Provision had been made in the 2nd Duke's will for the likelihood that young Gerald would eventually inherit. The Pimlico portion of the estate having been sold to pay death duties, the bulk of the remaining fortune was placed in trusts entailed to him, bypassing his three predecessors. The weight of his future responsibilities did not sink in until he was 15, when his uncle, the 4th Duke, died and "everyone started to treat me differently".
By 1970, his father had become ill, and it was apparent that Gerald would have to take complete control. The property crash of 1973 provided his first test, and instilled in him the need for tough management and long-term strategy. When he inherited the dukedom in 1979, the estate was in debt and liable for another heavy tranche of death duties. But shrewd investment by the young duke and his advisers combined with lower tax rates and the property booms of the 1980s and early 2000s to turn it into a treasure chest.
During World War II the landscape of Eaton Hall - set in 11,000 acres just outside Chester, where the Duke sent his children to local day schools - had been used by the Army for officer training, and afterwards it was too dilapidated and impractical to maintain. The house was demolished, all except its clock tower, chapel and stable yard, and was replaced in 1973 by a modern, flat-roofed structure in concrete and marble - compared by critics to a county ambulance headquarters and dubbed the 'Inn on the Park' by the Prince of Wales (who also observed that the Duke "employs more butlers than I do").
Rather than rebuild Eaton Hall, the Duke eventually added a pitched roof and sandstone cladding: "The overall effect," noted Burke's Peerage, "is curiously Germanic".
Business was always a lower priority for the Duke than his military and charitable duties and most of all, his family life. Fast cars (he had a notorious driving record) and a private aircraft enabled him to spend as much time as he could at home atof Eaton Hall.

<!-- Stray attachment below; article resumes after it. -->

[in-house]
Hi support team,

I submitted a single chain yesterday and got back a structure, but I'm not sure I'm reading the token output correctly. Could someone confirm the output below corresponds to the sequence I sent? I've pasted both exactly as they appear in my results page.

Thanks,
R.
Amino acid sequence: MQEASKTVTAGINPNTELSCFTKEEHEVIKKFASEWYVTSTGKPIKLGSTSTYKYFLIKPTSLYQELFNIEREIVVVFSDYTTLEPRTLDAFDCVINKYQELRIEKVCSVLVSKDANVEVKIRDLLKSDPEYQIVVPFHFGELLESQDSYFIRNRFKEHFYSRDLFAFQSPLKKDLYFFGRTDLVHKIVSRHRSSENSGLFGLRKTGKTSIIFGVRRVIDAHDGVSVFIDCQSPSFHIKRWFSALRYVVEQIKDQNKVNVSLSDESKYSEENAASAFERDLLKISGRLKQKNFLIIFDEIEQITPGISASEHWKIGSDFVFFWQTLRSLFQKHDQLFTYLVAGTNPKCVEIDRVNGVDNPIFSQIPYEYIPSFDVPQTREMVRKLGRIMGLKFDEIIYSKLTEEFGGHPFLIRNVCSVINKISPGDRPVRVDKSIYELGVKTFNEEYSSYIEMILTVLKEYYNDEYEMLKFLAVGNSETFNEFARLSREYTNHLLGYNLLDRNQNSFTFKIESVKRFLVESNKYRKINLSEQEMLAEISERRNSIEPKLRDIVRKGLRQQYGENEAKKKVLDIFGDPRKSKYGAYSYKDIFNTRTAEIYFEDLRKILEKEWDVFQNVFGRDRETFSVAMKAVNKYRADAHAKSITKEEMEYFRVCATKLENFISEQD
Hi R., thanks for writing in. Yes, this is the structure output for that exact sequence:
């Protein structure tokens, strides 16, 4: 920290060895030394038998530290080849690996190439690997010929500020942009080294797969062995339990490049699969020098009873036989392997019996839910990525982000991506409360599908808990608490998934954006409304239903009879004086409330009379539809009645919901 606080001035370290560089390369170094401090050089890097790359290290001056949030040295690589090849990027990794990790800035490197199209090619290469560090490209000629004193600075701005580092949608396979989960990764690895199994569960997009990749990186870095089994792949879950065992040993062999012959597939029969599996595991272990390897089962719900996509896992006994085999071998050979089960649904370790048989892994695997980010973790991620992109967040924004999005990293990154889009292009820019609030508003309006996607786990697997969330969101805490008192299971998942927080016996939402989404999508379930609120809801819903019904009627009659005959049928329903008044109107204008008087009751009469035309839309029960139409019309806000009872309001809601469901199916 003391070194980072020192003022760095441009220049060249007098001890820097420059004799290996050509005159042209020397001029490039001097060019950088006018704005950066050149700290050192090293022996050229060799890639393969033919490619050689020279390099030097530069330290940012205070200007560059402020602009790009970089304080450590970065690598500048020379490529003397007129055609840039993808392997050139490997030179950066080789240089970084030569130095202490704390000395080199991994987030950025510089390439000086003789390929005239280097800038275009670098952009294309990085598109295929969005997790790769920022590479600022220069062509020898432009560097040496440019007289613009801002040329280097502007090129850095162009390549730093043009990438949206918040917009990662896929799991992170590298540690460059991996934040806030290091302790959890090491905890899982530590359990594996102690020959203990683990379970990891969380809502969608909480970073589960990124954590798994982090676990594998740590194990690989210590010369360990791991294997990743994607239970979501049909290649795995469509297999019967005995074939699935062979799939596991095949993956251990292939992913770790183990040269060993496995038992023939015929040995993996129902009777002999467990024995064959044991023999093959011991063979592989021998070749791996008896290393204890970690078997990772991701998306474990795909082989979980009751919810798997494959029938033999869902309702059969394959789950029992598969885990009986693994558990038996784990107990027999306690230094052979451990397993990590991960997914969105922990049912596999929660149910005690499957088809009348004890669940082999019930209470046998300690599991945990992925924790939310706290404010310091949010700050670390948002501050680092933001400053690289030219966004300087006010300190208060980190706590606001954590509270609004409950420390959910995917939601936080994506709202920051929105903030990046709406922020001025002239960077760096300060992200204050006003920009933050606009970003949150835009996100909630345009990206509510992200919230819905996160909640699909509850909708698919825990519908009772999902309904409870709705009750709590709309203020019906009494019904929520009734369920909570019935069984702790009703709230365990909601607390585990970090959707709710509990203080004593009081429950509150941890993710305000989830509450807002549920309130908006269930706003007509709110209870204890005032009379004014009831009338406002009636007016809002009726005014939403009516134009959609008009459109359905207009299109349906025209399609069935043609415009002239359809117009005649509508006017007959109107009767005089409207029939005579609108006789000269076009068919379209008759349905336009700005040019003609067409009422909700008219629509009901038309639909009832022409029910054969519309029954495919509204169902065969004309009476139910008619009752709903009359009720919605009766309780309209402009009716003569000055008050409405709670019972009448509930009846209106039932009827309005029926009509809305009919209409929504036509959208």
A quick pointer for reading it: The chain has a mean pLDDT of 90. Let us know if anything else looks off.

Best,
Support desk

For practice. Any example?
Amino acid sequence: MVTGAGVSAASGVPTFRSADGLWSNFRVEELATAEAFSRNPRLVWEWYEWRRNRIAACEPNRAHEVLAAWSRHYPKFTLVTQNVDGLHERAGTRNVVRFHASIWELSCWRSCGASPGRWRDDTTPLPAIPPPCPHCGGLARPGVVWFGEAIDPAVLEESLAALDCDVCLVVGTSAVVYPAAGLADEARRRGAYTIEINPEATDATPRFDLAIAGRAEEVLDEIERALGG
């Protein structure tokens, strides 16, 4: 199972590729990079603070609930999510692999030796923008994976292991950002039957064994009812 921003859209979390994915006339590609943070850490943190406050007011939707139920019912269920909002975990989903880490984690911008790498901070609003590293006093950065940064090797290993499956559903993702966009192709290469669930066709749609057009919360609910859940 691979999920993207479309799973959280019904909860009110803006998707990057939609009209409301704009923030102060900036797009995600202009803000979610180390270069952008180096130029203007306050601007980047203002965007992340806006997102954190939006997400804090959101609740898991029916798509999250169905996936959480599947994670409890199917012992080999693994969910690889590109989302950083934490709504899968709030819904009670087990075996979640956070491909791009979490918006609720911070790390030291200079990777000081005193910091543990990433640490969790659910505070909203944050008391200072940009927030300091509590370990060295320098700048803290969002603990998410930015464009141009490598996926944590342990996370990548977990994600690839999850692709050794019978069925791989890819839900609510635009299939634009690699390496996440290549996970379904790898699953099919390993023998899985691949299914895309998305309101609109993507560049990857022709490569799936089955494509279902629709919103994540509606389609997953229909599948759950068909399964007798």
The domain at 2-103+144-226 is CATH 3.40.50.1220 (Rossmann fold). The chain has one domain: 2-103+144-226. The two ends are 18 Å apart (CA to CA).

Under his leadership the Grosvenor Estate imposed rigid rules on tenants to preserve the cream stucco uniformity of Belgravia, and the Georgian brick terraces of Mayfair. It was also notably businesslike when it came to setting rents. Besides its London holdings, the Grosvenor empire included shopping centres throughout Britain - in recent years he transformed the centre of Liverpool (and the city's fortunes) by pouring millions into developing the shopping complex known as Liverpool One. The development is said to attract 28m shoppers annually.
There were also commercial properties in the United States, Canada and Australia, and a variety of other investments in Europe and the Far East.
The empire's total value was the subject of annual guesswork by the compilers of UK 'rich lists', in which the Duke rarely dropped out of the top five.
The Duke, a chain-smoker, worked and travelled incessantly, and in later years suffered bouts of depression, a problem which was exacerbated by reports in newspapers that he had employed the services of prostitutes.
His most satisfying escape from ducal responsibilities came as a long-serving Territorial Army officer. He spent at least one weekend a month on exercise among soldiers from the north of England who treated him, to his relief, as they would any other officer.
Fond of Churchill's remark that "the only time the Grosvenors were any good was when they were at war", he rose to command the Queen's Own Yeomanry, and in 2000 he was promoted to brigadier.
In 2004 he was appointed to the new post of Assistant Chief of the Defence Staff (Reserves and Cadets), with promotion to Major-General. In 2011, he was appointed Deputy Commander Land Forces (Reserves) before retiring after 42 years' service in 2012.
His many charitable interests ranged from the NSPCC to the Royal London Hospital.
Deeply concerned about land conservation and other rural issues, he rescued the Soil Association from financial difficulties and was a major backer of the Countryside Movement.
He married, in 1978, Natalia, daughter of Lt-Col Harold "Bunny" Phillips and a grand-daughter of Maj-Gen Sir Harold and Lady Zia Wernher, of Luton Hoo in Bedfordshire; Lady Zia was in turn the daughter of Grand Duke Michael of Russia. The Duke and his Duchess had three daughters and a son, Hugh, styled by courtesy Earl Grosvenor, who was born in 1991 and now succeeds to the dukedom and the other peerages.